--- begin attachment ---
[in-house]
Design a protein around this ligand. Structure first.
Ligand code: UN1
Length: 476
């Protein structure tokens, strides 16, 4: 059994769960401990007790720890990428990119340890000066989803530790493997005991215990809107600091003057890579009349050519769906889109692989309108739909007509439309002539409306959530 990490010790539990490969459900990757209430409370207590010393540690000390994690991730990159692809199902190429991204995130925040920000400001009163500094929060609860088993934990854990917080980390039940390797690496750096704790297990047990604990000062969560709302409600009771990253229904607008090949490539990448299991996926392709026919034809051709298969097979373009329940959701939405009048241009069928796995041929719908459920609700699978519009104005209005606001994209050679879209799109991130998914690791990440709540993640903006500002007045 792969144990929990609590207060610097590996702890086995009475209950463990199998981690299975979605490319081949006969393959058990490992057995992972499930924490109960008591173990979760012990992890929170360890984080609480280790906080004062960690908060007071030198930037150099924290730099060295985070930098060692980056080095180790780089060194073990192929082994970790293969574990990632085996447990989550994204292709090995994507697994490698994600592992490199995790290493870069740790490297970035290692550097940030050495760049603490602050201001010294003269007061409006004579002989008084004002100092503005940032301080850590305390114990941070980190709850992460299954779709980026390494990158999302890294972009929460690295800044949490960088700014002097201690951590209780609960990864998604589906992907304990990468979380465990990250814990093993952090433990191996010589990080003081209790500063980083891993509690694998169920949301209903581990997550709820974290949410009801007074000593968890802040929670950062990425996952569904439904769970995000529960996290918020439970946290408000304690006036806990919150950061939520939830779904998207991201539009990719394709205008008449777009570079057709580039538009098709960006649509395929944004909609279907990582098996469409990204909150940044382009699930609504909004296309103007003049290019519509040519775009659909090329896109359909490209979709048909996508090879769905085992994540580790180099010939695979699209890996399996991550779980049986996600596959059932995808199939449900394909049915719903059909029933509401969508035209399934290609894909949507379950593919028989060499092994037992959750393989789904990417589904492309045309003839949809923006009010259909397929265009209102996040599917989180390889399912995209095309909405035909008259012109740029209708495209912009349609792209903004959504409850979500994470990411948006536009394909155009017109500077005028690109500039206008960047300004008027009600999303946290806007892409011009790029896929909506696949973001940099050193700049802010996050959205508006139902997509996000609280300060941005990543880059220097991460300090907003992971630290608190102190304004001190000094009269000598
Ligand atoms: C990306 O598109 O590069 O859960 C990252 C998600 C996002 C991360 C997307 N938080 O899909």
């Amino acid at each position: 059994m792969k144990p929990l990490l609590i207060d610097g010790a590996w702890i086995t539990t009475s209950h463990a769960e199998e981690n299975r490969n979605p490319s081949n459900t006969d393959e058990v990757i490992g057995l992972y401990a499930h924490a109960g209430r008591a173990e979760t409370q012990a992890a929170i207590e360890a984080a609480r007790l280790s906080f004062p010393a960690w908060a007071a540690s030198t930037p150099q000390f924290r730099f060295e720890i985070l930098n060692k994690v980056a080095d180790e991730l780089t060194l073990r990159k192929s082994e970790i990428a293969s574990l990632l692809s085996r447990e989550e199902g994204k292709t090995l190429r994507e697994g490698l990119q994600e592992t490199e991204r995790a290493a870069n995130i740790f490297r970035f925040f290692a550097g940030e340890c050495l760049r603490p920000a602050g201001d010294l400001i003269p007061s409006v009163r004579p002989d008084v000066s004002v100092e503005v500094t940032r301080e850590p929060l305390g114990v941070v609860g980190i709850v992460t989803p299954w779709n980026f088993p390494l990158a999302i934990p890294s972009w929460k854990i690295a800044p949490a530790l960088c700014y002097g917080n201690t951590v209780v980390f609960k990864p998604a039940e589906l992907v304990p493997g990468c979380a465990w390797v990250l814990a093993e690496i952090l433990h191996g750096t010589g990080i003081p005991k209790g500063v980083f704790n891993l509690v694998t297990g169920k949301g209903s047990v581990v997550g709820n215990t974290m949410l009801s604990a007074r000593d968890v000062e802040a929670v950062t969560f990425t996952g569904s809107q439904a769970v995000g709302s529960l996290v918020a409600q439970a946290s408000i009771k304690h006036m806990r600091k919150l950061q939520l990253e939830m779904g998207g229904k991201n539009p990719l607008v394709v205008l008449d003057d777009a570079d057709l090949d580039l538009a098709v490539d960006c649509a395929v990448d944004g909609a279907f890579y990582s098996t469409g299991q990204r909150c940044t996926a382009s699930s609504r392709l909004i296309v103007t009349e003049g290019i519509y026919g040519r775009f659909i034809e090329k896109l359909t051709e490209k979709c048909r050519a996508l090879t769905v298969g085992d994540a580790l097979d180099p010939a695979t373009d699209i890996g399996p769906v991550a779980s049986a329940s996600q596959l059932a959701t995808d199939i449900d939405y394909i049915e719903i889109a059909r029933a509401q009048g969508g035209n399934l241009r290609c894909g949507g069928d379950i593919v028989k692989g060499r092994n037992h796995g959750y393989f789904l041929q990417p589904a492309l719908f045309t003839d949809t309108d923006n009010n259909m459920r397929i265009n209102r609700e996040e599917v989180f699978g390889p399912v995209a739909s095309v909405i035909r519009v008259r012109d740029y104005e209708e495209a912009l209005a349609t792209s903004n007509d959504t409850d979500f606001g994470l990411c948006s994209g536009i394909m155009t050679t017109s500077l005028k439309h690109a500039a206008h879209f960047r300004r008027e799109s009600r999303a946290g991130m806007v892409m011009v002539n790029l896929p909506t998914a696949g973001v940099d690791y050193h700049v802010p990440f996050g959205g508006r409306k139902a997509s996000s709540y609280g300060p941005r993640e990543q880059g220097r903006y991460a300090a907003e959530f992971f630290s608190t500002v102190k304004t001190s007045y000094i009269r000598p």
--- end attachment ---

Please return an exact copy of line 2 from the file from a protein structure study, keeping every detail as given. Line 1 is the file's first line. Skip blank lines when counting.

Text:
Design a protein around this ligand. Structure first.